Quietly, almost as if it had never even happened, one of the more egregious efforts by Democrats to smear the Bush presidency has been exposed as baseless.
It was just a few years ago — in 2007 — that The New York Times, The Washington Post, CNN and the network nightly newscasts were hyperventilating about the Bush White House getting rid of a handful of U.S. attorneys.
Congressional Democrats dragged administration officials up to Capitol Hill to do their penance — although the White House refused to let Karl Rove and others testify. The primary accusation seemed to be that the administration had sacked eight Justice Department lawyers because they were looking into matters that the Bush White House preferred be kept quiet.
But last week, in a story that barely made headlines, the special prosecutor charged with investigating the matter opened her empty bag. There may have been political issues involved with the firings, she found, but no criminal conduct.
Politics in the Justice Department? How many millions did we need to spend to come up with that bulletin?
Every administration has its own priorities. Every administration feels comfortable with its own appointees. That’s why even Bill Clinton cleaned house as it concerns U.S. attorneys when he took office in 1992.
The allegations that the White House went forward with the firings in order to cover up legitimate wrongdoing were tenuous, at best. In fact the real politics involved here had nothing to do with the Bush administration’s actions and everything to do with the manic Bush haters on the left remobilizing on another front in their war to overturn the 2000 election.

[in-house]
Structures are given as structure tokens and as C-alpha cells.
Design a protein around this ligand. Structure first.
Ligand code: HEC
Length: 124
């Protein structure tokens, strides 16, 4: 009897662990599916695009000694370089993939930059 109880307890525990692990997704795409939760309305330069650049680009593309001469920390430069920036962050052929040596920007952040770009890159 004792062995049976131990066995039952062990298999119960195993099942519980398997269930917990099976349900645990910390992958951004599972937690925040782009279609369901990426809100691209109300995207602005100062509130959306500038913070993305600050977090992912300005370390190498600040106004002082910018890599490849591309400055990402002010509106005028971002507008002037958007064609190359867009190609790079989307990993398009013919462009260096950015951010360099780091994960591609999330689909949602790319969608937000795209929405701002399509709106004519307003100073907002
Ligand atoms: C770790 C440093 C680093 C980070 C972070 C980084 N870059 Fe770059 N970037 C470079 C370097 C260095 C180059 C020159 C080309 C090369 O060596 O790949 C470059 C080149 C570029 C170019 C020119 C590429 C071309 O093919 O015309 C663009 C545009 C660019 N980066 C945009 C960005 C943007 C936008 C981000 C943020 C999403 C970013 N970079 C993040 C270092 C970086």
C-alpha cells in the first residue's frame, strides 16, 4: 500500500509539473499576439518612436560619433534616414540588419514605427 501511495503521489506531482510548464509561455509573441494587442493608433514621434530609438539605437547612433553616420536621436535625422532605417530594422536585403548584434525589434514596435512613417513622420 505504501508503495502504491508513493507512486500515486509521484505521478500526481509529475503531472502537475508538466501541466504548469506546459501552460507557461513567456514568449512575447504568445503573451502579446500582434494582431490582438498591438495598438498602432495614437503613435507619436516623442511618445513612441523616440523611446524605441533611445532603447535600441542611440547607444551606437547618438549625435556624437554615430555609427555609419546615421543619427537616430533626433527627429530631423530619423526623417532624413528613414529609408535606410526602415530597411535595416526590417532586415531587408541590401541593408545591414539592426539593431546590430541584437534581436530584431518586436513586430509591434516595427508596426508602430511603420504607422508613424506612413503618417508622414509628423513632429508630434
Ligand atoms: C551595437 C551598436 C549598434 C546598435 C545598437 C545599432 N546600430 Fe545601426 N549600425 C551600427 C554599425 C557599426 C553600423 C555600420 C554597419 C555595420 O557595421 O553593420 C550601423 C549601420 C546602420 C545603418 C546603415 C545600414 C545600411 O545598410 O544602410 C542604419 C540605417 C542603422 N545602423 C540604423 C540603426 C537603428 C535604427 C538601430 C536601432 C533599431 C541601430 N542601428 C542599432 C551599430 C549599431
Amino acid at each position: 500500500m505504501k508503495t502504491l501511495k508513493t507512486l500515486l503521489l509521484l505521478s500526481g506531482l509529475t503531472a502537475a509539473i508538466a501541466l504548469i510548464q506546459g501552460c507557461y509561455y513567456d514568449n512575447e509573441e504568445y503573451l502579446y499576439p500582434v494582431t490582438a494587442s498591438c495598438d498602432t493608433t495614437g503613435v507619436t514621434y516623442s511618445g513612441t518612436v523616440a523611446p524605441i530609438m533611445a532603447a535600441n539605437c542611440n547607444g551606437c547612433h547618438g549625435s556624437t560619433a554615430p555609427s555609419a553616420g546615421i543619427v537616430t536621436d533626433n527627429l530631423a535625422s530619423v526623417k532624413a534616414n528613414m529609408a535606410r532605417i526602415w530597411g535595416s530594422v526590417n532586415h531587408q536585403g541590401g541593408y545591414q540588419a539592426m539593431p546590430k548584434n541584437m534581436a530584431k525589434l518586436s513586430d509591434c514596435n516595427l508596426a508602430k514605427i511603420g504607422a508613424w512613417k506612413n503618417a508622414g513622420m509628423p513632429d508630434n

“I feel angry that I had to go through this,” said former Attorney General Alberto Gonzales, who eventually resigned over the controversy. “That my family had to suffer through and what for?”
Mr. Gonzales went on to add, “I made the decision based upon what I thought was best for the department and for the American people. All these investigations have now confirmed that this was not to influence improperly any ongoing investigation or to punish anyone for political reasons.”
Mr. Gonzalez can now sympathize with former Reagan Labor Secretary Raymond Donovan, who — upon being exonerated after a Democratic witch hunt against his department — asked, “Where do I go to get my reputation back?”